Sunday, August 14, 2016

Sunday Morning Eye Candy -- Public Art in Vancouver, Two Works


 Still on a blogging break, but thought I'd share a few photos with you as I explore Vancouver during our "Staycation."  Although we know the city fairly well, there's plenty more to discover. For example, I decided I need to add a few new running routes to my routine for variety, and while looping through the Coal Harbour neighbourhood, I found this brilliant installation by Chinese artist Ai Weiwei. Titled F Grass, the work is surprisingly lyrical for something made of iron, something depicting such an everyday, resilient, underfoot plant. Like his amazing Sunflower Seeds, which Pater and I were lucky enough to see a few years ago in London, this contribution to Vancouver's Biennale 2014 is both beautiful and subversive -- politically sly, perhaps -- a work of conceptual art.
Because I'm on a blogging break,  I won't say more about this, but I'll refer you instead to Vancouver Biennale's page about it. The page features information about Weiwei,  his overall ouevre, the work itself, and also offers some great photographs of it from a much better aerial vantage and including its setting in the harbour. There are a couple of videos well worth watching as well.
 Not much further along on this running route, I passed another contribution to the 2014 Vancouver Biennale, Columbian sculptor Luis Fernando Pelaez's Home by the Sea. Again, you can read more about this work and the artist here.
I will just say that this might be the most poetic use of sheet metal I will ever come across . . .
It's beautifully sited on an expanse of parkland near the water, with the busy downtown just behind. . . .so many intersections here, so many margins.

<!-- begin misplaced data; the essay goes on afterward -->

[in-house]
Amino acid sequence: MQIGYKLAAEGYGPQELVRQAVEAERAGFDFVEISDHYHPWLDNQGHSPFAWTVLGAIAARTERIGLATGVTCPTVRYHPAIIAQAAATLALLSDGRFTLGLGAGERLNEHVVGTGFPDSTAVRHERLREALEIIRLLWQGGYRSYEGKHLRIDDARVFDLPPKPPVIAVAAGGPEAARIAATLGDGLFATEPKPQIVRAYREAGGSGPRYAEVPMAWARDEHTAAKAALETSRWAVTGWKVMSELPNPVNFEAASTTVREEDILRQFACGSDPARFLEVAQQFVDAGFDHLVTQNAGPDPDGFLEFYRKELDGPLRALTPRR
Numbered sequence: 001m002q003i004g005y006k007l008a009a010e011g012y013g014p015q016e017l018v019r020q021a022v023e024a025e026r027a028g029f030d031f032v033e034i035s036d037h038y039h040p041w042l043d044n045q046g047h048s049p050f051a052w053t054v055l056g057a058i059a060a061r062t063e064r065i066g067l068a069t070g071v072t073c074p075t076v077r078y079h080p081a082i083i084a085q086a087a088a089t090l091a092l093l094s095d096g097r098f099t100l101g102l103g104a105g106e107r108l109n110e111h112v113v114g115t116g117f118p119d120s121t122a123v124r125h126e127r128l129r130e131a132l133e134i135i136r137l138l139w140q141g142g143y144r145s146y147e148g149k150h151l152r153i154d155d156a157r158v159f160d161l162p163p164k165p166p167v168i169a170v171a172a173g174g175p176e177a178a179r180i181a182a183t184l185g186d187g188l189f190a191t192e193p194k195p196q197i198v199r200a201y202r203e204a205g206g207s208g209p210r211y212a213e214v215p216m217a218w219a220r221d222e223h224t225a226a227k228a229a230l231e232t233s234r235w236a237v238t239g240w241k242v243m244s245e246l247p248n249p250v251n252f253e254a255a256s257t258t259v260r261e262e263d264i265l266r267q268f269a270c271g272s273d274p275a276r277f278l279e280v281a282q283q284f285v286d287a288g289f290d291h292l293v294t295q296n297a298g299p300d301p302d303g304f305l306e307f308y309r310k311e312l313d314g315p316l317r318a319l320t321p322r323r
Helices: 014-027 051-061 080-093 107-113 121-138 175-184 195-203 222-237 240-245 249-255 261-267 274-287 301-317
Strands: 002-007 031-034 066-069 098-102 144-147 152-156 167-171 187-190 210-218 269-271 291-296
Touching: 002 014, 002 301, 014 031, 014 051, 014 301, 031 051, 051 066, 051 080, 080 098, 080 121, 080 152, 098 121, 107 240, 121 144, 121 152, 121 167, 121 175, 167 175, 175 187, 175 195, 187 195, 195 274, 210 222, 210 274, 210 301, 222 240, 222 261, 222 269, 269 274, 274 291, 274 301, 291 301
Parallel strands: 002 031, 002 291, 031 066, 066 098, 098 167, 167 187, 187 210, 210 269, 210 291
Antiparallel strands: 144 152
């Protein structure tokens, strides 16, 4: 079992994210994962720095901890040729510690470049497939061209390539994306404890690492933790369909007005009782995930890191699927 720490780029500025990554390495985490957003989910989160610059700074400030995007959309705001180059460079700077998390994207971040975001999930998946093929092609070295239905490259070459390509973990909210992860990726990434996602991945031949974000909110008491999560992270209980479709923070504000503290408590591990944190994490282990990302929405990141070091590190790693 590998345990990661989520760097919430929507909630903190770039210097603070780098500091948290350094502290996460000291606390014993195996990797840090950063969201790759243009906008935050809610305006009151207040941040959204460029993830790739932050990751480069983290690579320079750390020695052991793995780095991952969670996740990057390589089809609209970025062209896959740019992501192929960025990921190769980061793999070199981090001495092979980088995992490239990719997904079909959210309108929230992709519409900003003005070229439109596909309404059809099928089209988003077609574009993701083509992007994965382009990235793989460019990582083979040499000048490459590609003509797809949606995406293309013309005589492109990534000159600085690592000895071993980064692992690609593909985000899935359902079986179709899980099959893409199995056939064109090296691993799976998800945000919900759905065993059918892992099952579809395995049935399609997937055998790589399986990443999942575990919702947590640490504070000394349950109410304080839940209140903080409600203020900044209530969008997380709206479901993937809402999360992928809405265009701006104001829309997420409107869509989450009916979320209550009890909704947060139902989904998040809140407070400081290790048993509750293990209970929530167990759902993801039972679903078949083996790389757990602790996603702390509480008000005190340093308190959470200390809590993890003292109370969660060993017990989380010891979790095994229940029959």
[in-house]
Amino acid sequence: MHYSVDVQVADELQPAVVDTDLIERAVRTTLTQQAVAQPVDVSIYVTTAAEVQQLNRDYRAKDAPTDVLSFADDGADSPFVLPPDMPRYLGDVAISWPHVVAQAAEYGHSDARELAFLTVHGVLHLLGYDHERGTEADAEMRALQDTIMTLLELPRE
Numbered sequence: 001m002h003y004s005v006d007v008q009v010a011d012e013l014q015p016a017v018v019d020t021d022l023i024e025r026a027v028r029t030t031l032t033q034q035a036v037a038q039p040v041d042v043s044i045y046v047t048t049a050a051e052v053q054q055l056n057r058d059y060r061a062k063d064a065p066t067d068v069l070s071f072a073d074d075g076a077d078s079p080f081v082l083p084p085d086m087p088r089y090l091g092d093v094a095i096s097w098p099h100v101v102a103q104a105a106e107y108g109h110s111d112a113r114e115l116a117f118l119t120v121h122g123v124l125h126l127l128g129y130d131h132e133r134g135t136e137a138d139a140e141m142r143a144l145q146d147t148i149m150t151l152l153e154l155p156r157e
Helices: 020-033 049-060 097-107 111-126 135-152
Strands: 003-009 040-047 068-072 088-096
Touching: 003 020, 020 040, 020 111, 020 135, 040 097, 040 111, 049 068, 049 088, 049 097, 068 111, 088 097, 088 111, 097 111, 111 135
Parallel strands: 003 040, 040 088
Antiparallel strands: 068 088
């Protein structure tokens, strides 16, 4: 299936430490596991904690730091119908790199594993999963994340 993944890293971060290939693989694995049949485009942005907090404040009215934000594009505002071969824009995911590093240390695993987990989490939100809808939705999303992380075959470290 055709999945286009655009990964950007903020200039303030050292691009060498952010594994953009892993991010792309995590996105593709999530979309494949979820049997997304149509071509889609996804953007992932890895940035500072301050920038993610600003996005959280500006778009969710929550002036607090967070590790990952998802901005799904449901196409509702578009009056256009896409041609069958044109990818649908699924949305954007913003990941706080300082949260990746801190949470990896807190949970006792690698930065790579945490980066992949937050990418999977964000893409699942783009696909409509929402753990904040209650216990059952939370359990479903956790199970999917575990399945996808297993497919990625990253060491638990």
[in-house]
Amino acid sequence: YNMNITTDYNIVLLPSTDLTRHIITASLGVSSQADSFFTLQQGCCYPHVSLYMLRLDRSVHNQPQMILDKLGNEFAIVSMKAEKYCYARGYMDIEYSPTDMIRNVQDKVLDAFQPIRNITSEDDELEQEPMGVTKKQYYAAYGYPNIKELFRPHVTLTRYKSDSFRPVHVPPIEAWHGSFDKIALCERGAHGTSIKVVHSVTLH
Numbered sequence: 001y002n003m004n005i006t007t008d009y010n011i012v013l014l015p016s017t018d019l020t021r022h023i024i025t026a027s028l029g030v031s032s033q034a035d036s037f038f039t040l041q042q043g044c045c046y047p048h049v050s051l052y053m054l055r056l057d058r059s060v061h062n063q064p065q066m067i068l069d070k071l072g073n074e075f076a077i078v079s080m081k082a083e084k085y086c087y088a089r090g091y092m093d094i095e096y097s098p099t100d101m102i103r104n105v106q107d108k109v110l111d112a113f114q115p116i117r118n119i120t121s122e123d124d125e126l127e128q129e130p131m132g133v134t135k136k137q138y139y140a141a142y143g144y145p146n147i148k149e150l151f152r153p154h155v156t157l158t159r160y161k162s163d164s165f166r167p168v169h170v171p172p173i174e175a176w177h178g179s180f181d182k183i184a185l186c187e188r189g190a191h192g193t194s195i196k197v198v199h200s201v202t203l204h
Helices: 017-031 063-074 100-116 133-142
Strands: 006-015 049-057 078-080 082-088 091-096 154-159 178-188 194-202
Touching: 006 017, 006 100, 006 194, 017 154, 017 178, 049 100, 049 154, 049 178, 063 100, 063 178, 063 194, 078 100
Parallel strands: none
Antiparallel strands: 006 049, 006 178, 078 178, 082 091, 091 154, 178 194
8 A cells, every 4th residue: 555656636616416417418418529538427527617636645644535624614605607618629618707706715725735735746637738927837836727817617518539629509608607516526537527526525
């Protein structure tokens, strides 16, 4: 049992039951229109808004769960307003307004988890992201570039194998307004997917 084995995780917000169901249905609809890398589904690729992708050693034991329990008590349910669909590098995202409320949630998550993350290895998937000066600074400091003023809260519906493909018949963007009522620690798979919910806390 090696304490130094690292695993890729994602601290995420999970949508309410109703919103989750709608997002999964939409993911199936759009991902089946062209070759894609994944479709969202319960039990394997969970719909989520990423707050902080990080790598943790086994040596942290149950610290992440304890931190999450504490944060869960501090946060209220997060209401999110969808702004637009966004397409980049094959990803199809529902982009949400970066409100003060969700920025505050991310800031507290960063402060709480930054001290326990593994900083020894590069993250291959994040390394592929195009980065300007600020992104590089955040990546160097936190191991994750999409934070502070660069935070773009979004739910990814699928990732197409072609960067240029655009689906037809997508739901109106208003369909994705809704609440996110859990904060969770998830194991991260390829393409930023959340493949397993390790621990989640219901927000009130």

I'm putting my mic away now and letting the sculpture speak for itself. It does so much more eloquently on site than it does in my photographs -- I wish you could see it up close yourself. . .

 and
 and
 and
 and
There you go. . . . I hope you enjoyed.

4 comments:

  1. Some things are truly better seen up close in real-life-size!

    ReplyDelete
  2. Thank you for sharing,Frances!
    Both must be amazing in real size
    After (for me very emotional) Ai WeiWei exibition last year,I changed my mind about his work (because you really have to know the background of it) and instalations as art.
    Dottoressa

    ReplyDelete
  3. The second piece (Pelaez) is just exactly what I like. (stark; textural; scope for imagination)

    Mater, did you see Ai Weiwei's Zodiac Heads at Jardin des Tuileries last year? A different scale.

    ReplyDelete
  4. Impressive. And to find them outside for public consumption, even more so. You should come to Yorkshire and visit the Sculpture Park near Wakefield. Good in springtime as the place is filled with daffodils. Recently went to Bilboa and went to the Guggenheim. Worth a view. As is Bilboa...would be an excellent city to run.

    ReplyDelete

I'd love to hear your response to my post. Agree, disagree, even go off on a tangent, I love to know you're out there, readers. Let's chat, shall we? I apologize, though, for the temporary necessity of the Word Verification -- spam comments have been tiresomely numerous lately, and I'm hoping to break that pattern.

Related Posts Plugin for WordPress, Blogger...